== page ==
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Barranca abajo , his best known tragedy, is unquestionably an extraordinary work. Don Zoilo, the protagonist of this modern classic, is one of the first New World dramatic personages with the stature of a complex major character. The play, first performed in Buenos Aires in , and revived with almost perennial regularity, has proven itself to be an extremely successful piece of theater.

Indeed, its steady passage over the years from a quaint drama of the River Plate region to a place of permanence in the theatrical repertories of the Hispanic world suggests the presence of universal dramatic qualities. Although the continued theatrical success of the work has generated numerous reviews, the literary composition has been studied only in a most cursory fashion. This phenomenon is curious, since the play at its premiere prompted a basic question regarding its structure: Was the suicide of the protagonist in the final scene a satisfactory solution to the dramatic conflict?

At the time, critical concern was such that the ending was actually modified for the second performance. River Plate chauvinism continues to thwart dramatic criticism, and as a consequence, a serious literary question remains unanswered today: Do the various lines of dramatic action in Barranca abajo converge in such a way as to make the resolution in suicide inevitable?

How does Barranca abajo function as dramatic literature? What specific system of actions governs the character of Don Zoilo? Answers to these questions are long overdue. The plot, organized in three acts, is essentially expository. Don Zoilo, an aging rural patriarch, through the machinations of city lawyers loses his estate. Gradually, the love and respect of his sister, wife, and one of his daughters wanes; and they prepare to abandon him.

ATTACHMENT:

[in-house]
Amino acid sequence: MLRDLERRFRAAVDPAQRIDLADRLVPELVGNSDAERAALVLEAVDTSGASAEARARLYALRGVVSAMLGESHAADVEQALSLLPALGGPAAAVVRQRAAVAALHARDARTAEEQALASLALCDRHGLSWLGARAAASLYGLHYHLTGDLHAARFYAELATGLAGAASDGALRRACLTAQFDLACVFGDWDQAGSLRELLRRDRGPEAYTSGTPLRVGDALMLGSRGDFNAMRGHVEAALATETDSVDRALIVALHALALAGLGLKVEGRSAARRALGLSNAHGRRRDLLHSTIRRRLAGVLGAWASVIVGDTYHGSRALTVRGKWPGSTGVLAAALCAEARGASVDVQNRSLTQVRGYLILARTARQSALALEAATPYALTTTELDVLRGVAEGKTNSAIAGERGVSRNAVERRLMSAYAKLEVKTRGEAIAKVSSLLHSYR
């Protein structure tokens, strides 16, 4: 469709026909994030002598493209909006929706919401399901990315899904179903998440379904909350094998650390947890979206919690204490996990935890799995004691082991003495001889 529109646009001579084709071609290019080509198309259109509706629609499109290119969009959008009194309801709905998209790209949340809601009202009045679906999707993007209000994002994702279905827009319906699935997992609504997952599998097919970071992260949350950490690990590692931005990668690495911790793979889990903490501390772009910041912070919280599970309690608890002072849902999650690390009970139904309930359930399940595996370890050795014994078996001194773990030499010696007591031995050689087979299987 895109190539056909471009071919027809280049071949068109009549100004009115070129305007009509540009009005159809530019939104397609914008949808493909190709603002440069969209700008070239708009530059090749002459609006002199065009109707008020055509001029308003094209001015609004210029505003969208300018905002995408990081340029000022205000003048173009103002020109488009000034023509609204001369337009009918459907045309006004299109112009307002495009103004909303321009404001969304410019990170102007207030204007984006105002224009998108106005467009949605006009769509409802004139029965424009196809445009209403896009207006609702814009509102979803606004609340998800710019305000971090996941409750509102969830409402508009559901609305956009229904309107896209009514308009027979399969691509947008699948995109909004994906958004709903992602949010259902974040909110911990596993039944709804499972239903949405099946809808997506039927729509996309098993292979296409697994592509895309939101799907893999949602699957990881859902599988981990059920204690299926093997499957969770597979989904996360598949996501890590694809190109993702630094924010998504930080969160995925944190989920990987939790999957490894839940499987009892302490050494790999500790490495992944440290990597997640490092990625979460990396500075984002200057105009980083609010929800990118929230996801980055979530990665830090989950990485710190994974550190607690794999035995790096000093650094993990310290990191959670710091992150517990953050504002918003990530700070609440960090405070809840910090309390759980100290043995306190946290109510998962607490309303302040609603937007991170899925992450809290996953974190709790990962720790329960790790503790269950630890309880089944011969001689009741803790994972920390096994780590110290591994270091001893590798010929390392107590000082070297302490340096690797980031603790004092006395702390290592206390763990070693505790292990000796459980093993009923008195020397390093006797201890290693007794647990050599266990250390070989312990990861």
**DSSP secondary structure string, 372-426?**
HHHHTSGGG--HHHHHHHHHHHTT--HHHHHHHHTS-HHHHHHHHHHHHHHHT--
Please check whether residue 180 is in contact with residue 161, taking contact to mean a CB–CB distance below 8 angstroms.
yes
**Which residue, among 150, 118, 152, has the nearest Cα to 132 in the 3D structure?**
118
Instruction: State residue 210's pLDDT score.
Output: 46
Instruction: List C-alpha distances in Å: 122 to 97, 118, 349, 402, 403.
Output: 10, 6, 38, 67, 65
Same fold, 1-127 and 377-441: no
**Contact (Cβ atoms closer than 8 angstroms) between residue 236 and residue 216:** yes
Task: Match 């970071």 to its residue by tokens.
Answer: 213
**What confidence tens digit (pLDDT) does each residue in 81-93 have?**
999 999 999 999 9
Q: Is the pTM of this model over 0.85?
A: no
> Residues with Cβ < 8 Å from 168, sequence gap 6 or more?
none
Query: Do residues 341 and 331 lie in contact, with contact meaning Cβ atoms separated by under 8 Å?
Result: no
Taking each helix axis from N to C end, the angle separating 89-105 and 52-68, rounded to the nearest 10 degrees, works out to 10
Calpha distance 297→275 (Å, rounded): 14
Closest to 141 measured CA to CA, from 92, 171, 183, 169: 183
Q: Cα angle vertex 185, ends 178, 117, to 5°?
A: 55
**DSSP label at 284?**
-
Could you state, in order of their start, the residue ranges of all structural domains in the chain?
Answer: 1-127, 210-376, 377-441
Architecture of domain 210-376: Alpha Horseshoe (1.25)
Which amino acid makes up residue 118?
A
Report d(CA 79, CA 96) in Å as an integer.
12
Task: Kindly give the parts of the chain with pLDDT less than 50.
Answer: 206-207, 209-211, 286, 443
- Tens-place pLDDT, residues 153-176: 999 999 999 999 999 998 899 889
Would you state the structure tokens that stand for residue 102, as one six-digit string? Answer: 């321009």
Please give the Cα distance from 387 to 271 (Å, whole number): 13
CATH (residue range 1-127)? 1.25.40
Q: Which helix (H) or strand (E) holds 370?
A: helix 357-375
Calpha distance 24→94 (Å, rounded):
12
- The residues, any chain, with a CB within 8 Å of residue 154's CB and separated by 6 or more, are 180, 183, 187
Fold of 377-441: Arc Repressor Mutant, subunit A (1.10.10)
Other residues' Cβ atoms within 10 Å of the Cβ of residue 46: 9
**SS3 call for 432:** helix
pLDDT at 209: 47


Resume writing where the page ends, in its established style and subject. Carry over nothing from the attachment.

Finally, his youngest daughter dies, and in desperation and solitude he seeks an end to his own life. The principal action concerns the protagonist's repeated assertion of self in his various efforts to retain his patriarchal position. Estrangement and suicide result. The play's organization however, does not chronicle the process of the protagonist's fall, as does King Lear a work which Barranca abajo resembles in more than a superficial way, as will be discussed later.

Rather, the action is segmented, almost episodically, into discrete dramatic units. The familiar three-act pattern is therefore not causal, but expository; the effect is documentary. Nevertheless, a certain sequential parallelism of action does reinforce each unit with the import of what has already occurred.

Consequently, in Act I, Zoilo, unable to retain his estate, attempts to salvage his authority; he drives out his enemies and makes the decision to take his family away to a new homestead in the interior. In Act II the enemy is within; the commissioner and his cohort have already established a liaison with the younger women of the family. Zoilo is powerless to prevent his civil arrest. By Act III, the old criollo 's position has so eroded that he can only acquiesce when his family actually does abandon him.

A proud patriarch without a patriarchy, Zoilo prepares for his final attempt at self-assertion: suicide. The representation of the three acts lacks the pattern of traditional dramaturgy exposition, complication, and denouement. In each act Zoilo chooses to leave rather than suffer a humiliating defeat. Thus, he leaves his estate, the homestead, and finally the world while the women of the family make an essentially parallel series of decisions to abandon him. Structured around the idea of separation, the play uses the divisions of the three-act form in a particularly effective way.